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Harriot F. Curtis Papers, 1836-1963 (Bulk: 1936-1963)
2 boxes (1 linear ft.)
Collection number: MS 692

Abstract:
Mill worker; Author. Curtis' writings and correspondence, historical research notes and background sources compiled during the 1950s and 1960s by biographer, Lila Wead Berman. 1840s publications about and from New England's mill workers included.

Terms of Access and Use:

Restrictions on access:

The Papers are open to research according to the regulations of the Sophia Smith Collection without any additional restrictions.

Restrictions on use:

The Sophia Smith Collection owns copyright to Harriot Curtis' unpublished works in this collection. Copyright to the correspondence and writings of Frank Wilber Wead is held by Maria Deforest McLeish until 2018. Permission must be obtained to publish reproductions or quotations beyond "fair use." Copyright to materials authored by others may be owned by those individuals or their heirs or assigns. It is the responsibility of the researcher to identify and satisfy the holders of all copyrights. Permission to publish reproductions or quotations beyond "fair use" must also be obtained from the Sophia Smith Collection as owners of the physical property.

Sophia Smith Collection
Smith College
Northampton, MA

Biographical Note

Harriot Flora Aurora Louisa Maria Curtis was born in Kelleyvale (now Lowell), Vermont on September 16, 1813, only a year after this Northeast Kingdom town incorporated, to Asahel (or Ashael) Jr. and Betsey Brigham Curtis. Her friend Harriet Hanson Robinson would later recall Curtis' unhappiness with her "lonely and isolated" existence in Kelleyvale. Like thousands of other young women in rural New England during the antebellum era, Curtis defied her parents and moved to Lowell, Massachusetts, to work in its burgeoning textile industry. She first appears on the Lawrence Manufacturing Company's payroll in 1833 as a harness knitter, considered one of the more skilled positions, staying through March 1838. Also a writer, the Lowell Casket, in which she had published, offered her an editorship position in 1837. In 1841 she began publishing in the corporate-sponsored literary magazine, Lowell Offering. Curtis became one of its two editors in 1842; responsible for soliciting subscriptions, she traveled widely. A year later, she and co-editor Harriet Farley bought the Lowell Offering, but the journal only lasted another two years and publication stopped in 1845. By then, Curtis had gained a measure of success after authoring the popular novel, Kate in Search of a Husband (1843), following it with the equally popular novel, Jessie's Flirtations (1846), and a collection of her wisdom, S.S.S. Philosophy (1847). Simultaneously, Curtis wrote for a number of newspapers including the Home Journal, the New York Tribune, the Lowell Journal, and the American of Lowell. During the 1830s and 40s, the open-minded Curtis maintained an interest in Swedenborgianism, threatened to join Shaker communes, and not only studied phrenology, but became a public lecturer on the topic and claimed eminent phrenologist O.S. Fowler as a mentor before disavowing the discipline by 1845. From 1854 to 1855, she served as editor of the Lowell weekly, Vox Populi. The antithesis of the Lowell Offering, the industry-critical Vox Populi spoke for workers rather than their employers. Curtis gave up her career after 1855, providing care to her ailing mother in Vermont. Curtis moved in with her sister Betsey's family in Needham, Massachusetts, upon her mother's 1859 death, living there for the remaining thirty years of her life. Writing in 1836 that "matrimony is an ocean upon which I shall not probably ever embark," Curtis never married, a lifestyle her friend and fellow former mill worker Harriet Hanson Robinson attributed to a shortage of suitable suitors. Writing in 2008 in the American Transcendental Quarterly, scholar Judith Ranta notes that "Curtis's fiction is striking for its critique of courtship and marriage, specifically the marriage market's oppressive effect upon young women." Styling herself a coquette, Curtis further reveals her critical ambivalence toward the institution of marriage in her lengthy correspondence with her suitor and friend, Hezekiah Morse Wead, whose proposals of marriage she rejected more than once.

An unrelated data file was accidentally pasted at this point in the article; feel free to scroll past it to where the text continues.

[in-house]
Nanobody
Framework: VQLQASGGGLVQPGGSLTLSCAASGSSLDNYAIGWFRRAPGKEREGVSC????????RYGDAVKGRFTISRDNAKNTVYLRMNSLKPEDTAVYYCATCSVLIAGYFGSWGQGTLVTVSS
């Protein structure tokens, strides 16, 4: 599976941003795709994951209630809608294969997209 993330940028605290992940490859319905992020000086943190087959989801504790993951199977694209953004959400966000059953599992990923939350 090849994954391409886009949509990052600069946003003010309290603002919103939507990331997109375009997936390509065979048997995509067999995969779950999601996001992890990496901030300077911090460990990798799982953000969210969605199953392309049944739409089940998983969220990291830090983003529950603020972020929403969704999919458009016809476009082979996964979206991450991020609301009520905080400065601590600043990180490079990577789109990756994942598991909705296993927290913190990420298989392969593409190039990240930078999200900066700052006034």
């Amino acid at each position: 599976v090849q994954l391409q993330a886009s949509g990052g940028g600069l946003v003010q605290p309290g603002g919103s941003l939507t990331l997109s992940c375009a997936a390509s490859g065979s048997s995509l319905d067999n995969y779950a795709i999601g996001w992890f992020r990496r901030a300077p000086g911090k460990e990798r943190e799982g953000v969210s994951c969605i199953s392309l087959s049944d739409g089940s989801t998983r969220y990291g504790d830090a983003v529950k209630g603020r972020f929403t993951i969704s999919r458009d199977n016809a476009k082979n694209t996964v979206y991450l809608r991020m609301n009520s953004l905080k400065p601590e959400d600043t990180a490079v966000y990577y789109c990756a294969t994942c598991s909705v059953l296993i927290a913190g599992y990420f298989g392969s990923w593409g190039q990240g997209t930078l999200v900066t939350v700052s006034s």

Scope and Contents of the Collection

The collection encompasses Curtis' writings and correspondence, as well as historical research notes and background sources compiled during the 1950s and 1960s by her aspiring biographer, Lila Wead Berman (great-granddaughter [?] of Hezekiah Morse Wead). The spirited and often flirtatious letters from Curtis to Hezekiah Morse Wead (1836-1845) have been fully transcribed and those typed transcriptions are also included in the collection.

While thirty-five letters and three full works from Curtis' own pen are represented, Lila Wead Berman's contextualizing sources and research notes comprise much of the collection, and include 1840s publications written by and about New England's mill operatives, an 1844 work of phrenology by Curtis' phrenological mentor, and twentieth century pamphlets on New England history and Swedenborgianism. Wead Berman's correspondence with various libraries and rare booksellers, bibliographies, a chronology of Curtis' life, and a paper she wrote critically examining Curtis' novel Jessie's Flirtations are contained in the papers.


Information on Use
Terms of Access and Use
Restrictions on access:

The Papers are open to research according to the regulations of the Sophia Smith Collection without any additional restrictions.

Restrictions on use:

The Sophia Smith Collection owns copyright to Harriot Curtis' unpublished works in this collection. Copyright to the correspondence and writings of Frank Wilber Wead is held by Maria Deforest McLeish until 2018. Permission must be obtained to publish reproductions or quotations beyond "fair use." Copyright to materials authored by others may be owned by those individuals or their heirs or assigns. It is the responsibility of the researcher to identify and satisfy the holders of all copyrights. Permission to publish reproductions or quotations beyond "fair use" must also be obtained from the Sophia Smith Collection as owners of the physical property.